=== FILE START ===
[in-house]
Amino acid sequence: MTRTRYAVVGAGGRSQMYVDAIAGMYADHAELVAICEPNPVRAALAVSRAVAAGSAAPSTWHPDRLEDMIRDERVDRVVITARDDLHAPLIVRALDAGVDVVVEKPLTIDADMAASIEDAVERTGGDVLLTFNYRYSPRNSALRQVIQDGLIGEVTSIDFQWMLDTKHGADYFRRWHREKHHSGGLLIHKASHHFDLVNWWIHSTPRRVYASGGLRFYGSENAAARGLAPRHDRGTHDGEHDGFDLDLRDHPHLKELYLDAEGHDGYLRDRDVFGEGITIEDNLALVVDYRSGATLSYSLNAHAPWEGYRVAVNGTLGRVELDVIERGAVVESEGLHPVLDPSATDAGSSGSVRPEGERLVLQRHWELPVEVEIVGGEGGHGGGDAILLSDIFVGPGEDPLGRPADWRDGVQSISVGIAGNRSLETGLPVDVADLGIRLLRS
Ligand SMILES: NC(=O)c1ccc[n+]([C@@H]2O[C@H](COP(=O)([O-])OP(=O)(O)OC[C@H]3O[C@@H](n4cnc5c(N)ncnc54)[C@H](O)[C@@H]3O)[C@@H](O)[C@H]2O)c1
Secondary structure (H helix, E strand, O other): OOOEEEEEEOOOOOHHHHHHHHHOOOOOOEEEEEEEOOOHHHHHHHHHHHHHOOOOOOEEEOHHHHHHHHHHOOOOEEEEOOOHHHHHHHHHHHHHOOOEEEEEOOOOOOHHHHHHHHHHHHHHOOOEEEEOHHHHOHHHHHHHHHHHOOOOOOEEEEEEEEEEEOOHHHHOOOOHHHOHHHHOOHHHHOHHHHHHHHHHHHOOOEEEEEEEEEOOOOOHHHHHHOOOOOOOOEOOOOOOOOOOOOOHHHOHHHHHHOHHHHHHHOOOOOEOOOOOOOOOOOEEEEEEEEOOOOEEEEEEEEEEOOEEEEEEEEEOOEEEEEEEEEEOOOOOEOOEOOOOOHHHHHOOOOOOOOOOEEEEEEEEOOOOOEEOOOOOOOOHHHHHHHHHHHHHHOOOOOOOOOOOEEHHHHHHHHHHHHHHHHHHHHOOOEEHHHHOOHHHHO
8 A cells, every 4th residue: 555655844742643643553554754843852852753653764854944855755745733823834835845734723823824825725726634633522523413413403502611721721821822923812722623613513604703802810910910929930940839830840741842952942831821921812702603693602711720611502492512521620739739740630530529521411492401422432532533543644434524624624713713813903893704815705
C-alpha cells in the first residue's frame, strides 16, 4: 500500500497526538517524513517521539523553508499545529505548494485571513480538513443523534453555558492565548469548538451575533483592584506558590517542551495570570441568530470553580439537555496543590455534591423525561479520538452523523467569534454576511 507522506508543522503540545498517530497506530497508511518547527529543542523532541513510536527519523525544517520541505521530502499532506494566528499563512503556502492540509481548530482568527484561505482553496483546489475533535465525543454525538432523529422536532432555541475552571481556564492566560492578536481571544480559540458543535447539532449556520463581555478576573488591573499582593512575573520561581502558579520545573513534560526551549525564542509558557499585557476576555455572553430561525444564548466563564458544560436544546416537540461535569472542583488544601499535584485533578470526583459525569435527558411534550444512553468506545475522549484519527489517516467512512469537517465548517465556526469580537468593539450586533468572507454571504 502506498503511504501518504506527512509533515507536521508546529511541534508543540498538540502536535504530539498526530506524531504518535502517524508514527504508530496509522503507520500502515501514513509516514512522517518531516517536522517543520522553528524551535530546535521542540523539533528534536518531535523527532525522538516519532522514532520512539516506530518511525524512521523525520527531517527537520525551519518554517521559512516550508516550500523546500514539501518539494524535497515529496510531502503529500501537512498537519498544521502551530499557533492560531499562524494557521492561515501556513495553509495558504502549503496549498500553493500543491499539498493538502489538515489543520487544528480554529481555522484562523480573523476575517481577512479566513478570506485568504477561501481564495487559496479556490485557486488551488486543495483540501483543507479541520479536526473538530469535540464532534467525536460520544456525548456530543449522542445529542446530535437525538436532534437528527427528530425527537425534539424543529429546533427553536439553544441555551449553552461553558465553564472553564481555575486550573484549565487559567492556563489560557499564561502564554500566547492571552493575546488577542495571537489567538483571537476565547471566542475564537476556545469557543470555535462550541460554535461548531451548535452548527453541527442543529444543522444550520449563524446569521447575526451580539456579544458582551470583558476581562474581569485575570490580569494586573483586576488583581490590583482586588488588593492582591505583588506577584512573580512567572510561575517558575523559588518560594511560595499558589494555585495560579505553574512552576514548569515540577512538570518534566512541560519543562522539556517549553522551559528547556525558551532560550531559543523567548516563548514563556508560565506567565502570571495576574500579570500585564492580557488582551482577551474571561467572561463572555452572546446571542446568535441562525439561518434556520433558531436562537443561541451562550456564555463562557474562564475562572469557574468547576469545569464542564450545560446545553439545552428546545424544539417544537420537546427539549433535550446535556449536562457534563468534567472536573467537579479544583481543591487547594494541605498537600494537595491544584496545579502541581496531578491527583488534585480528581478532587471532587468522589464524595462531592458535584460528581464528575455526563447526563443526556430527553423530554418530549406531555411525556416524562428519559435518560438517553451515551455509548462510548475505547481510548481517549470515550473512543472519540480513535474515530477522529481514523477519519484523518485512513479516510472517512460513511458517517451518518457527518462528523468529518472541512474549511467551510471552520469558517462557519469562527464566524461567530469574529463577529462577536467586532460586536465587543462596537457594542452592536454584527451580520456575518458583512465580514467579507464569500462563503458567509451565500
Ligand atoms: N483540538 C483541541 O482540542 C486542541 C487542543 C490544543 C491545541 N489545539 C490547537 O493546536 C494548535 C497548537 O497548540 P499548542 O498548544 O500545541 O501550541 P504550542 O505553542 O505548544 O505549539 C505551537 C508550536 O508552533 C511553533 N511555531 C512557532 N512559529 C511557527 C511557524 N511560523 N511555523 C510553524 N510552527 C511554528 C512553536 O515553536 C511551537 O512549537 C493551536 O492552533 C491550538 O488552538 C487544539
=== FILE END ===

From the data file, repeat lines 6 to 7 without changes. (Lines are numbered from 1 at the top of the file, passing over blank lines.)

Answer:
C-alpha cells in the first residue's frame, strides 16, 4: 500500500497526538517524513517521539523553508499545529505548494485571513480538513443523534453555558492565548469548538451575533483592584506558590517542551495570570441568530470553580439537555496543590455534591423525561479520538452523523467569534454576511 507522506508543522503540545498517530497506530497508511518547527529543542523532541513510536527519523525544517520541505521530502499532506494566528499563512503556502492540509481548530482568527484561505482553496483546489475533535465525543454525538432523529422536532432555541475552571481556564492566560492578536481571544480559540458543535447539532449556520463581555478576573488591573499582593512575573520561581502558579520545573513534560526551549525564542509558557499585557476576555455572553430561525444564548466563564458544560436544546416537540461535569472542583488544601499535584485533578470526583459525569435527558411534550444512553468506545475522549484519527489517516467512512469537517465548517465556526469580537468593539450586533468572507454571504 502506498503511504501518504506527512509533515507536521508546529511541534508543540498538540502536535504530539498526530506524531504518535502517524508514527504508530496509522503507520500502515501514513509516514512522517518531516517536522517543520522553528524551535530546535521542540523539533528534536518531535523527532525522538516519532522514532520512539516506530518511525524512521523525520527531517527537520525551519518554517521559512516550508516550500523546500514539501518539494524535497515529496510531502503529500501537512498537519498544521502551530499557533492560531499562524494557521492561515501556513495553509495558504502549503496549498500553493500543491499539498493538502489538515489543520487544528480554529481555522484562523480573523476575517481577512479566513478570506485568504477561501481564495487559496479556490485557486488551488486543495483540501483543507479541520479536526473538530469535540464532534467525536460520544456525548456530543449522542445529542446530535437525538436532534437528527427528530425527537425534539424543529429546533427553536439553544441555551449553552461553558465553564472553564481555575486550573484549565487559567492556563489560557499564561502564554500566547492571552493575546488577542495571537489567538483571537476565547471566542475564537476556545469557543470555535462550541460554535461548531451548535452548527453541527442543529444543522444550520449563524446569521447575526451580539456579544458582551470583558476581562474581569485575570490580569494586573483586576488583581490590583482586588488588593492582591505583588506577584512573580512567572510561575517558575523559588518560594511560595499558589494555585495560579505553574512552576514548569515540577512538570518534566512541560519543562522539556517549553522551559528547556525558551532560550531559543523567548516563548514563556508560565506567565502570571495576574500579570500585564492580557488582551482577551474571561467572561463572555452572546446571542446568535441562525439561518434556520433558531436562537443561541451562550456564555463562557474562564475562572469557574468547576469545569464542564450545560446545553439545552428546545424544539417544537420537546427539549433535550446535556449536562457534563468534567472536573467537579479544583481543591487547594494541605498537600494537595491544584496545579502541581496531578491527583488534585480528581478532587471532587468522589464524595462531592458535584460528581464528575455526563447526563443526556430527553423530554418530549406531555411525556416524562428519559435518560438517553451515551455509548462510548475505547481510548481517549470515550473512543472519540480513535474515530477522529481514523477519519484523518485512513479516510472517512460513511458517517451518518457527518462528523468529518472541512474549511467551510471552520469558517462557519469562527464566524461567530469574529463577529462577536467586532460586536465587543462596537457594542452592536454584527451580520456575518458583512465580514467579507464569500462563503458567509451565500
Ligand atoms: N483540538 C483541541 O482540542 C486542541 C487542543 C490544543 C491545541 N489545539 C490547537 O493546536 C494548535 C497548537 O497548540 P499548542 O498548544 O500545541 O501550541 P504550542 O505553542 O505548544 O505549539 C505551537 C508550536 O508552533 C511553533 N511555531 C512557532 N512559529 C511557527 C511557524 N511560523 N511555523 C510553524 N510552527 C511554528 C512553536 O515553536 C511551537 O512549537 C493551536 O492552533 C491550538 O488552538 C487544539